Click spam: A common source of mobile UA fraud

James Haslam

Posted Jul 5, 2017

In this second in our series of posts contained in our recent ebook, An Expert’s Guide to Mobile Ad Fraud, we take you through Organics Poaching, also known as Click Spam, and expose the malpractice, and how it can be stopped. Read the first in our series here. If you want more fraud content, download the mobile fraud guide in full, here.

Organic users are incredibly valuable for app businesses. They’re the users which download an app without having interacted with an ad, and have likely done so on their own volition, or through a recommendation by word-of-mouth. They tend to try apps for longer, and can have a higher lifetime value than their paid counterparts.

As such, identifying when an organic user enters an app and then segmenting them when they do, is an important way of identifying the overall health of an app business. So it’s a challenge for app developers when fraudsters attempt to claim organic users as their own.

Operating on the edge of what is considered acceptable practice, unscrupulous publishers can use shady techniques to take credit for organic users, which means that an app business can be tricked into overweighting the importance of a fraudulent traffic source, and also pay for users which came organically.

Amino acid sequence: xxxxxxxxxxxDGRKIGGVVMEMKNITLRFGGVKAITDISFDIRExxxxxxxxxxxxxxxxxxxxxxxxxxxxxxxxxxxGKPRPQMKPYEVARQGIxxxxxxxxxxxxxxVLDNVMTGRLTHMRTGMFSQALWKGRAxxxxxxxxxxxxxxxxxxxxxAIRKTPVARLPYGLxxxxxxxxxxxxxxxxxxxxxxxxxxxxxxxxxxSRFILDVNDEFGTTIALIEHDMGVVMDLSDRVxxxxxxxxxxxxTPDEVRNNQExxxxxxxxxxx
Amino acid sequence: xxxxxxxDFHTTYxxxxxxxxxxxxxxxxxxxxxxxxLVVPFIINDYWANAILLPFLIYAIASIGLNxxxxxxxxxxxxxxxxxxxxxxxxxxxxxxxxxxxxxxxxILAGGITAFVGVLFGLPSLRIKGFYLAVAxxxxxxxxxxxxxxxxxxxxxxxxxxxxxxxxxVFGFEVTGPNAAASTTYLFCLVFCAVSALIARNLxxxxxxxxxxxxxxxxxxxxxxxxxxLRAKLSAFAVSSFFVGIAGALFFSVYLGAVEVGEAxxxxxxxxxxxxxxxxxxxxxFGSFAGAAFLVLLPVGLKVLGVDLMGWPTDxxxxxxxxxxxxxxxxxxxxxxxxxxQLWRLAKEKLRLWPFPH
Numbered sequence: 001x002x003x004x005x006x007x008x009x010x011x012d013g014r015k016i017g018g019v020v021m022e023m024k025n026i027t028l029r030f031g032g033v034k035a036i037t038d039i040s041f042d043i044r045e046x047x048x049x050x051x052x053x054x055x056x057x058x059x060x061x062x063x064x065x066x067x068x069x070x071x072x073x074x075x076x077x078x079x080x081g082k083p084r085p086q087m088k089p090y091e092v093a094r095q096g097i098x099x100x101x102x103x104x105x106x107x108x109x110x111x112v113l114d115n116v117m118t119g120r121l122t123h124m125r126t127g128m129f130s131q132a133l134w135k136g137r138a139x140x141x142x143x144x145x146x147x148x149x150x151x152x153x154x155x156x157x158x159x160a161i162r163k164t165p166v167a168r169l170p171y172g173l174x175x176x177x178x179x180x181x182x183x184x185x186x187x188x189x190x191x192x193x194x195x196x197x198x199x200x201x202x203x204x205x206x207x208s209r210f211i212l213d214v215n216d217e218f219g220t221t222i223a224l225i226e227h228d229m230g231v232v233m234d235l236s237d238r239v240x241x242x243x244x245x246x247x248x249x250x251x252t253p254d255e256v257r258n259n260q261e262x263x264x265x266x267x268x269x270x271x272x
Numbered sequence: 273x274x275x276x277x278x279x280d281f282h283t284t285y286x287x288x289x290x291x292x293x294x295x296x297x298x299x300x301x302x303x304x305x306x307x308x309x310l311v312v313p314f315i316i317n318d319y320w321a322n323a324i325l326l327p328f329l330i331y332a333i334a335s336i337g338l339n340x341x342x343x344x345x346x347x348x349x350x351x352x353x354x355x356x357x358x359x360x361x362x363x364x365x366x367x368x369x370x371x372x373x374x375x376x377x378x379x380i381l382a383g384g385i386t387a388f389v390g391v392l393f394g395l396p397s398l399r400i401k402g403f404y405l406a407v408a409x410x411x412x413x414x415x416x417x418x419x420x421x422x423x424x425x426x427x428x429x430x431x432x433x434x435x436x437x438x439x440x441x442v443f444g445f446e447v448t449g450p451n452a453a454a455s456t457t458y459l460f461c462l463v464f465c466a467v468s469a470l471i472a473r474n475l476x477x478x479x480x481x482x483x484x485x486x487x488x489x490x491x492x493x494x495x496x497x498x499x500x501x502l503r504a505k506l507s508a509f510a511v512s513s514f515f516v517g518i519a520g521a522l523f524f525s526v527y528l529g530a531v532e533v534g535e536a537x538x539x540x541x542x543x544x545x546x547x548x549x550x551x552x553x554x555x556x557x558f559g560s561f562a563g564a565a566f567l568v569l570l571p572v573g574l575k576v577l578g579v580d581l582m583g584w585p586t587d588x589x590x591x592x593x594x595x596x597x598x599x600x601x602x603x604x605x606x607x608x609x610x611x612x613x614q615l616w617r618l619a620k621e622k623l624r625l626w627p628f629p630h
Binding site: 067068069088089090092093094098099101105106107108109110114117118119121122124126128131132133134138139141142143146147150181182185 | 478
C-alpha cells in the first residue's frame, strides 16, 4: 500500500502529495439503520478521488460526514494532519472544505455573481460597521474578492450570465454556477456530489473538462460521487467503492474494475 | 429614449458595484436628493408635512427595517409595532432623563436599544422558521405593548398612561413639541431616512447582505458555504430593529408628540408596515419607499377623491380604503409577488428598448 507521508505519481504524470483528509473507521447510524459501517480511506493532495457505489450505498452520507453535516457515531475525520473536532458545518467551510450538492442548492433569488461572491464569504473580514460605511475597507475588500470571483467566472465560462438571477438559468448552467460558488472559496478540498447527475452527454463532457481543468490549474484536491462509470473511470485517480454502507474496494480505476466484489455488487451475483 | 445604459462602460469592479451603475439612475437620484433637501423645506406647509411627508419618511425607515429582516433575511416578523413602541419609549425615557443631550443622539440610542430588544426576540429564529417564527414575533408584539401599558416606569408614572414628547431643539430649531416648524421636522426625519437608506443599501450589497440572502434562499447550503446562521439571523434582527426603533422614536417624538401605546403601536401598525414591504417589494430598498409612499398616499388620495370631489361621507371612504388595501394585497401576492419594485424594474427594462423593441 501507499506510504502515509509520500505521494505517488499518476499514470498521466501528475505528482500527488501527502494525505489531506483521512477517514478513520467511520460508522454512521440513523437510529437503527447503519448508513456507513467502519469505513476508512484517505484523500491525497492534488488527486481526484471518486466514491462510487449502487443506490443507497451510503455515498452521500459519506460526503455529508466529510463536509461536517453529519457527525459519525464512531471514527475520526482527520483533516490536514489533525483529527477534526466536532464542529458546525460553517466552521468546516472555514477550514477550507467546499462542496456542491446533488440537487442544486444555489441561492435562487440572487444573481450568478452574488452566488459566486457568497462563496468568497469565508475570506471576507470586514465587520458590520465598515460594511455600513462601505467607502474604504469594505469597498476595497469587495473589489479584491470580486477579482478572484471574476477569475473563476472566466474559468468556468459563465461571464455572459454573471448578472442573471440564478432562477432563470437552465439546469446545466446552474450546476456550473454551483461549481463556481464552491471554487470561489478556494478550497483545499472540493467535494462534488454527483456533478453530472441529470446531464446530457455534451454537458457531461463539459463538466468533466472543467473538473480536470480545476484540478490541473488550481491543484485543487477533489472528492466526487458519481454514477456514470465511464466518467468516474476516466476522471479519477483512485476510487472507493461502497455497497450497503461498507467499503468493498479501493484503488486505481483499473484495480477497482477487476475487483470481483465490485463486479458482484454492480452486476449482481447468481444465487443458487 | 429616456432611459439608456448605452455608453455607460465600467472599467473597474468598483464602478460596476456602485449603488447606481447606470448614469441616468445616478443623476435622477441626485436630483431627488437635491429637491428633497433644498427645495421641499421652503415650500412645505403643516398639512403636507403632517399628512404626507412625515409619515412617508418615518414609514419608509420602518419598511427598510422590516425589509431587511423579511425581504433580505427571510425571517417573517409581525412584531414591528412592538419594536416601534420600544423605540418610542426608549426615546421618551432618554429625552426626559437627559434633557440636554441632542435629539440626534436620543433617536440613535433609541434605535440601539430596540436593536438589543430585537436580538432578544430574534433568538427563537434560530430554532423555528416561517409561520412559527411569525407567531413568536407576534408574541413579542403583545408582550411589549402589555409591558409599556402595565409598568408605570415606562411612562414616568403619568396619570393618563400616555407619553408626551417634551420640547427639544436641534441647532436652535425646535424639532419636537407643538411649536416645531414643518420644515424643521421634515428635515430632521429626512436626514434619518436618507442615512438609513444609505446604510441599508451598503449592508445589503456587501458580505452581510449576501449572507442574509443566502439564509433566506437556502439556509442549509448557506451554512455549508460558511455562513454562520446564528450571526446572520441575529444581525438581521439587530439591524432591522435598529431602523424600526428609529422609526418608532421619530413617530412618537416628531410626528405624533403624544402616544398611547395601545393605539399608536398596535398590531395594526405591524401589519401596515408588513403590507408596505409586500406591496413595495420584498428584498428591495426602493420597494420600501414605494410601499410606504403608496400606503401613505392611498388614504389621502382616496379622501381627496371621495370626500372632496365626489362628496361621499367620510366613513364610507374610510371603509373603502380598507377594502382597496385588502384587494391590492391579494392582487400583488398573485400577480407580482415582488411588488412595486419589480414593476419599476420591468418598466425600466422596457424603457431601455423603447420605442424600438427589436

Click Spam: How Fraudsters Poach Organic Users

There’s one particular technique by which fraudster poach organic users. Known as click spam, this type of fraud happens when a fraudster attributes clicks to users who haven’t made them.

It starts when a user lands on a mobile web page or in an app which a fraudster is operating. From there, any one of several kinds of fraud could take place:

  • The mobile web page could be executing clicks in the background without visible ads, or ads which can be interacted with.
  • The spammer could begin clicking in the background while the user engages with their app, making it look as though they have interacted with an advert
  • The fraudster app can generate clicks at any time if they run an app that is running in the background 24/7 (e.g. launchers, memory cleaners, battery savers etc.)
  • The fraudster could send impressions-as-clicks to make it look as if a view has converted into an engagement.
  • The spammer could blatantly send clicks from made up device IDs to tracking vendors.

What unites these approaches is that a user is not aware that they’ve been registered as interacting with an advert. That’s because in actual fact, they never even saw anything.